Great question! And again, a very common scenario. My first question to you would be, what is it about your new manager that sucks? Drill down into the specifics, so you can identify where exactly things need to change. This will also help you to differentiate between emotion and facts.
Your brain and change
Let’s be honest, no-one really likes change – not at the subconscious level. Change equals uncertainty, which to our brain equals danger. And since our brain’s number one priority is to keep us safe, that means it goes into protection mode when change is in the air.
When we’re in protection mode our emotional brain comes into play, which makes it more difficult to get a real perspective on a situation. So by getting into the detail it forces your logical brain to work, meaning you can take proactive action towards a solution.
With a better understanding and handle on your emotions, it will also allow you to have more confidence when approaching your manager and CEO to come to a resolution.
How to facilitate the meeting
So, once you have a clear outline of all the things that aren’t working for you about the new scenario, ask your manager if you can catch up. I recommend going directly to them before the CEO, because it’s only fair to give them an opportunity to work through things with you. This shows a level of respect and will help to strengthen your relationship.
The chances are pretty high that your new manager is quietly freaking out underneath. They probably feel pressure to do well in this new position, so their brain is in protection mode too – probably fight mode. So a lot of their behaviour will be driven by their need to prove themselves.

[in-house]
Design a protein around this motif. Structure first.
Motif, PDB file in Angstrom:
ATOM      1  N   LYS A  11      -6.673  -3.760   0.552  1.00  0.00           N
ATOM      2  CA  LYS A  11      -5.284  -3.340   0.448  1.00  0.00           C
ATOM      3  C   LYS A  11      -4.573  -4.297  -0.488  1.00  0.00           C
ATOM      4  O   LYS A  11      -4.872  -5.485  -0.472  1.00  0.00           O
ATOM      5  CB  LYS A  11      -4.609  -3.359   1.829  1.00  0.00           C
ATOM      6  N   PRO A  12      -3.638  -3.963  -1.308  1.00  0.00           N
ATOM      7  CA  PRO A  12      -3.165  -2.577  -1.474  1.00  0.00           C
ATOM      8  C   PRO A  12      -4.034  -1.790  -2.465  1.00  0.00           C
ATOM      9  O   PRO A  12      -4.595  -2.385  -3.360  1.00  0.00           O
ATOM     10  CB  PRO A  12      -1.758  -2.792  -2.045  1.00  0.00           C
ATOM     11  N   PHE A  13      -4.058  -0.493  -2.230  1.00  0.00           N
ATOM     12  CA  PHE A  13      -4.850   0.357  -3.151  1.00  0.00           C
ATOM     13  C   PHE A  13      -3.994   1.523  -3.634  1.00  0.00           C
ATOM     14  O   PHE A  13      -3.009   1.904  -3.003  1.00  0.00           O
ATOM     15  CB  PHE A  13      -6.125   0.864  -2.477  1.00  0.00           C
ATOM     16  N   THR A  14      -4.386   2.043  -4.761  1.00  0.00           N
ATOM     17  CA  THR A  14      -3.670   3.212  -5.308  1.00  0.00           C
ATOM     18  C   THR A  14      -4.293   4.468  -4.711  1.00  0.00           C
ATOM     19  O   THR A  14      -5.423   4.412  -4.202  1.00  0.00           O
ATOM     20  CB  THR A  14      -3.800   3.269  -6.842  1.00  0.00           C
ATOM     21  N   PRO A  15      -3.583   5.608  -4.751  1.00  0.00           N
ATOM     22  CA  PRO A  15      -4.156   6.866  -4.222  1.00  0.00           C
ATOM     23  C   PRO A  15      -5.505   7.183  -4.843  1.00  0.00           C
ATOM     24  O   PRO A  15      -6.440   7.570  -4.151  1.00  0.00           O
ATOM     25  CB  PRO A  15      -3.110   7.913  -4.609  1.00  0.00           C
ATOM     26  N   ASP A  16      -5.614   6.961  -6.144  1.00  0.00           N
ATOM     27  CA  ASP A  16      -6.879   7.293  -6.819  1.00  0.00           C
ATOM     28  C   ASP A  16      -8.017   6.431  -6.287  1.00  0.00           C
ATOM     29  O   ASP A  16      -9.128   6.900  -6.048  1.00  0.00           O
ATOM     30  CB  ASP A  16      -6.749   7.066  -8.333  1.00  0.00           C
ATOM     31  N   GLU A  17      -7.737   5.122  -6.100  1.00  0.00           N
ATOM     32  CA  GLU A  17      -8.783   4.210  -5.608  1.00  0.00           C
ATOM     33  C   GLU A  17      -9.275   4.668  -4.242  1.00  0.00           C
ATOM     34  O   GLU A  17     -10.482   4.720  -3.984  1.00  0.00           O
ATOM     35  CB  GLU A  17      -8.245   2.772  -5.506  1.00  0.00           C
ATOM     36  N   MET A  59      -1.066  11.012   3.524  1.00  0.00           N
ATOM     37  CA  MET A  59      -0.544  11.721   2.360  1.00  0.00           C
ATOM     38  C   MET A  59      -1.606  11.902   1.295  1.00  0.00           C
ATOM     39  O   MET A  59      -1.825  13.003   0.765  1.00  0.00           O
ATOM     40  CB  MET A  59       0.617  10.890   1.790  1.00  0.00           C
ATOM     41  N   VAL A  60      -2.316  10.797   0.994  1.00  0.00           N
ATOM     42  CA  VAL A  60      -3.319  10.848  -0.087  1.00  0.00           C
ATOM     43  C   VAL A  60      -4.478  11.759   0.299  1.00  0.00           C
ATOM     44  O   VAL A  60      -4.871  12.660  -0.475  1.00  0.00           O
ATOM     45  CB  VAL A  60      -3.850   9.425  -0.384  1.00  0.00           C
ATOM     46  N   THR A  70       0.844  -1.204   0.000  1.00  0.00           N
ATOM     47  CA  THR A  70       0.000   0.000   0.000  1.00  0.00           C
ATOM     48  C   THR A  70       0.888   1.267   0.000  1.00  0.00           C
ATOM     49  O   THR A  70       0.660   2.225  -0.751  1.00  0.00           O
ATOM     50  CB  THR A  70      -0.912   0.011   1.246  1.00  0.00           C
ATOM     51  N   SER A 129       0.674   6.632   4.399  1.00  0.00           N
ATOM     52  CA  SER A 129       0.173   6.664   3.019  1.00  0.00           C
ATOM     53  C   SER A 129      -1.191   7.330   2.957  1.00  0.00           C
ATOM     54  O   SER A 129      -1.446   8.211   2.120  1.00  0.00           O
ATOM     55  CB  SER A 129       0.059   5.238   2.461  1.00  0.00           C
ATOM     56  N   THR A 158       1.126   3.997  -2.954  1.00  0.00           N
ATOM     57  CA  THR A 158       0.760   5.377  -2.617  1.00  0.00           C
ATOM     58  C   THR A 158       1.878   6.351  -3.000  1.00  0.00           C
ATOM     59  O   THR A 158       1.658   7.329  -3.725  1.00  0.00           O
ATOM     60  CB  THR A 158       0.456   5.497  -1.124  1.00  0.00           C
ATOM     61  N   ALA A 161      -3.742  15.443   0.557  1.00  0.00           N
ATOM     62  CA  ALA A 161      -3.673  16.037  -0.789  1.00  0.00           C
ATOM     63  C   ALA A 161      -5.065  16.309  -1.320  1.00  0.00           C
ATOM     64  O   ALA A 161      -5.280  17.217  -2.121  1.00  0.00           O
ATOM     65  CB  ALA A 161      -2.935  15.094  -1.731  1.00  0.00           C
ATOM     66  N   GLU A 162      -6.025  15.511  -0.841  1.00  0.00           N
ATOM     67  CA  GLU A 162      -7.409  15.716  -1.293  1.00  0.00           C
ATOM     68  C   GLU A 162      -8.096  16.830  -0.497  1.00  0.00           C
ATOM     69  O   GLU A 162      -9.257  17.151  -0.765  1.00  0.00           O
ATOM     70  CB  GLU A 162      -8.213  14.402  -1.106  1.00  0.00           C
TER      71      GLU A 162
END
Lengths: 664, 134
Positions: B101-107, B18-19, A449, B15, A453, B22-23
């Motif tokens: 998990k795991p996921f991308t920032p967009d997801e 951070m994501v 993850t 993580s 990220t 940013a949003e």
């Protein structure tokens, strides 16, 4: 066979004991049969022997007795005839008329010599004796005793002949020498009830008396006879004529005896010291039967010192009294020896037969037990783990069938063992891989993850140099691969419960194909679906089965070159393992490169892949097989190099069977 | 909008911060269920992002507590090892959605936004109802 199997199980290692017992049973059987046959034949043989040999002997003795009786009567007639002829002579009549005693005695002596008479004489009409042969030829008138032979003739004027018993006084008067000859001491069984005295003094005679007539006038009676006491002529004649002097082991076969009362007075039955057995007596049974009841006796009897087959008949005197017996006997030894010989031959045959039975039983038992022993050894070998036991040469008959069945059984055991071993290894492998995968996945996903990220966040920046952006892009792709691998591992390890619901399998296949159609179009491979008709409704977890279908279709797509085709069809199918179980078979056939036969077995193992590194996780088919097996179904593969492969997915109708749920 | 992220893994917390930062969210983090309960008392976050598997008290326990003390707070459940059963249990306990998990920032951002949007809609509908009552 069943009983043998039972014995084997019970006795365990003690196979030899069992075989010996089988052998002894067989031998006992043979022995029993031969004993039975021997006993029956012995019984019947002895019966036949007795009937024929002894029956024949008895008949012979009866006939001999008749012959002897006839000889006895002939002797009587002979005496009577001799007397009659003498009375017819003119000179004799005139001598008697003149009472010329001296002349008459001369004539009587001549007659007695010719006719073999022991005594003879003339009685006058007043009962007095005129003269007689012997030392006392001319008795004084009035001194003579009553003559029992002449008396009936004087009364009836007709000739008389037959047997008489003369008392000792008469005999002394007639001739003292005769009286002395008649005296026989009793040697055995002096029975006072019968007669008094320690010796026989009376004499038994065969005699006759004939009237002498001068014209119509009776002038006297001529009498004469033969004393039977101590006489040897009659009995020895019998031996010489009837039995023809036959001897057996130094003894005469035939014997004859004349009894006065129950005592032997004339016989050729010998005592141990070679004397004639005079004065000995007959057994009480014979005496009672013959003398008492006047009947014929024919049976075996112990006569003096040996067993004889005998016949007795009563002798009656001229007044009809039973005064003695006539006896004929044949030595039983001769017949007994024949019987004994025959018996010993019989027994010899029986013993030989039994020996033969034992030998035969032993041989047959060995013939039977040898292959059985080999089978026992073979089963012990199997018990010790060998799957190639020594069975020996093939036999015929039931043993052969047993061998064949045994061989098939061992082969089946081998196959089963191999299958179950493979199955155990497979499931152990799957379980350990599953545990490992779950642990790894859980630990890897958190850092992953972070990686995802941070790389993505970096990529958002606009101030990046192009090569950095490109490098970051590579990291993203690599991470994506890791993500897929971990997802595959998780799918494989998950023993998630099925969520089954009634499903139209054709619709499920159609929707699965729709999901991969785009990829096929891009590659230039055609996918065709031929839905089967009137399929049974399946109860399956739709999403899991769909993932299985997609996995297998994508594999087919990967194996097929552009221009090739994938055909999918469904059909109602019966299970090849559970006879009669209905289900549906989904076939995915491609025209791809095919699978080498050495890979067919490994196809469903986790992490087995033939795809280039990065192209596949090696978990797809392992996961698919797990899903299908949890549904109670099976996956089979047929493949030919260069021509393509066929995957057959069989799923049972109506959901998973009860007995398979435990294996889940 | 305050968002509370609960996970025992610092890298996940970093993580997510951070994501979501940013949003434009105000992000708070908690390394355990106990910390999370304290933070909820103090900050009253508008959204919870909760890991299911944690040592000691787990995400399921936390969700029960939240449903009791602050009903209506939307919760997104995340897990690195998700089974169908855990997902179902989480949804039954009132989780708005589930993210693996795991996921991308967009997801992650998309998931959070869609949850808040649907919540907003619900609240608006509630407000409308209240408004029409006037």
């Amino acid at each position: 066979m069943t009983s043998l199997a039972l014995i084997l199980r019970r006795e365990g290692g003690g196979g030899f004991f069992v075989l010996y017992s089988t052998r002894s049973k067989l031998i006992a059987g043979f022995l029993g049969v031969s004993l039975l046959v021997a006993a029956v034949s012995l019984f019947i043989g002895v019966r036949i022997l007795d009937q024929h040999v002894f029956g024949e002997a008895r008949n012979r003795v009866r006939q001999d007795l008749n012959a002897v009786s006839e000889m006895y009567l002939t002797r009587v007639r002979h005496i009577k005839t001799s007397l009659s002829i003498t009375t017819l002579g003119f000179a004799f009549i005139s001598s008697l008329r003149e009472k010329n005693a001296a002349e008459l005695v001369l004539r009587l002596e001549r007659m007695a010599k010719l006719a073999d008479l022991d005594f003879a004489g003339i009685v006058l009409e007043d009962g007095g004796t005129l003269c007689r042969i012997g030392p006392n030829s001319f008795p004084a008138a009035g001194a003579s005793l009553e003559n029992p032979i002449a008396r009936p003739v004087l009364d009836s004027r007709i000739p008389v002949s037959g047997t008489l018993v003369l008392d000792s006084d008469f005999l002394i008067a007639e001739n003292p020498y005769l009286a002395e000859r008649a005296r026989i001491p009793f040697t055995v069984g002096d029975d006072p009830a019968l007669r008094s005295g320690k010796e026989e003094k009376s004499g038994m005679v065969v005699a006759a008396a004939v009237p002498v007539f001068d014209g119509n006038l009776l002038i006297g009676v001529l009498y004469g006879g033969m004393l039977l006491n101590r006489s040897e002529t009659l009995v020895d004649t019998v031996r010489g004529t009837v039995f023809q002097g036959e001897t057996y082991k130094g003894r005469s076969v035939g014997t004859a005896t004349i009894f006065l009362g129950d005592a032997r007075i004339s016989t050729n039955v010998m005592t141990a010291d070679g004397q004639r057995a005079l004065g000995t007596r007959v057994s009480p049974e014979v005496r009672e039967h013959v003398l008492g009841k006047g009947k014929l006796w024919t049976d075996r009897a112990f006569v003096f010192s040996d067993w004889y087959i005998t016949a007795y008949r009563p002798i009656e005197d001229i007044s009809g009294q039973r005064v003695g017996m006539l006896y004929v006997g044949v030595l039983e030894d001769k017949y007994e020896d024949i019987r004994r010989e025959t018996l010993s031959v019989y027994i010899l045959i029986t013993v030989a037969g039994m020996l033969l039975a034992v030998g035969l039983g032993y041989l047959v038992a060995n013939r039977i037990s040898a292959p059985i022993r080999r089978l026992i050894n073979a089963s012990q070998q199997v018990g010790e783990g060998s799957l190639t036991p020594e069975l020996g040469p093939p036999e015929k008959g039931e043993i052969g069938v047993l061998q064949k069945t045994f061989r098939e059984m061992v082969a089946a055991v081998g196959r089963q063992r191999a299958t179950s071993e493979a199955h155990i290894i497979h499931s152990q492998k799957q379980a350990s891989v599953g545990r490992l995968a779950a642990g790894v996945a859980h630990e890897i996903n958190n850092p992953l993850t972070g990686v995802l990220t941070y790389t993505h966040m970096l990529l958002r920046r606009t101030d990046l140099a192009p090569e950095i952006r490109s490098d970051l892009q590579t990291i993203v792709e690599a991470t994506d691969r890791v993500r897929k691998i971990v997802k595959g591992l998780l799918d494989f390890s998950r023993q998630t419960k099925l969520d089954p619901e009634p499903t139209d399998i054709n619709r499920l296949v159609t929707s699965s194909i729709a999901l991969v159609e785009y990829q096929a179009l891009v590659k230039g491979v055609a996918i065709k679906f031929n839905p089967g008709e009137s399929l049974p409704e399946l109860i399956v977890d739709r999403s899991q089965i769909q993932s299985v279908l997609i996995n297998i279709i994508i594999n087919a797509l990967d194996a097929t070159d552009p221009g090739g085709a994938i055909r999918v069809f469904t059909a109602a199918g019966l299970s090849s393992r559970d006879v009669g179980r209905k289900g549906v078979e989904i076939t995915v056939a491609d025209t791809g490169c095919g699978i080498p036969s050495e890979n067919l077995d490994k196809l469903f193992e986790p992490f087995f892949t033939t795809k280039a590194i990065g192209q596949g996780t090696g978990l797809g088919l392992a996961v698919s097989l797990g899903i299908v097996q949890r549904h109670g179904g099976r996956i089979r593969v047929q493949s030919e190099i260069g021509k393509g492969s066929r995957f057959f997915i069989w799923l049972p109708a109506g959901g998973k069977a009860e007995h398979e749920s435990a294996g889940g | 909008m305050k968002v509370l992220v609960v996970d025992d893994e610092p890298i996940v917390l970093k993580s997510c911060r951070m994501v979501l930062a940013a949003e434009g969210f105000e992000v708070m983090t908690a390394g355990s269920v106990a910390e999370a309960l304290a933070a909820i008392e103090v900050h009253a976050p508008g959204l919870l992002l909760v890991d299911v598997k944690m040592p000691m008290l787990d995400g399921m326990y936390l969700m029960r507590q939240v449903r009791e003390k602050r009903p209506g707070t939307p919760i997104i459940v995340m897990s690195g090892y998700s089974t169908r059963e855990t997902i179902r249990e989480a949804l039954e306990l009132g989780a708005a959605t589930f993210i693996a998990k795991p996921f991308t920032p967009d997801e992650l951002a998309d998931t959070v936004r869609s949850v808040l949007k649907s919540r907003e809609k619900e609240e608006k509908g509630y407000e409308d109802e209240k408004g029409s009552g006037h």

Of course that doesn’t excuse poor behaviour, but it helps you if you can understand what’s going on for them.
When you catch up it’s important to start by highlighting the purpose of the meeting and what you would like to get out of it (we call this “pre-framing” in the coaching world). This will give your manager’s brain more certainty, therefore they’ll feel more safe and will be more open to working through things logically with you – rather than taking it as a personal attack.
Let them know that the outcome is mutually beneficial – if you’re happier in your work then you’re more motivated, the culture is better, and more shit gets done – meaning their job is easier and they look good because they’re getting results. This again motivates them to work with you to resolve the issues.
Also give them an opportunity to share any challenges or issues they’re having – again so it’s a mutually beneficial conversation. And before you conclude the meeting, set expectations. Agree on what it is you’ll both work on, and agree that it’s ok to speak up if something isn’t meeting those expectations.
Make a date for another catch up in a few weeks time so you can have a review to track how you’re going and make adjustments where necessary.
Of course, if that doesn’t work out your next step is to go to the CEO and have a similar conversation.
Whatever happens, try to stay focused on finding a solution and refrain from bitching about it with your colleagues as much as you can – that only serves to create a toxic culture, which is very hard to come back from and will make your working life even more miserable.
Good luck! x
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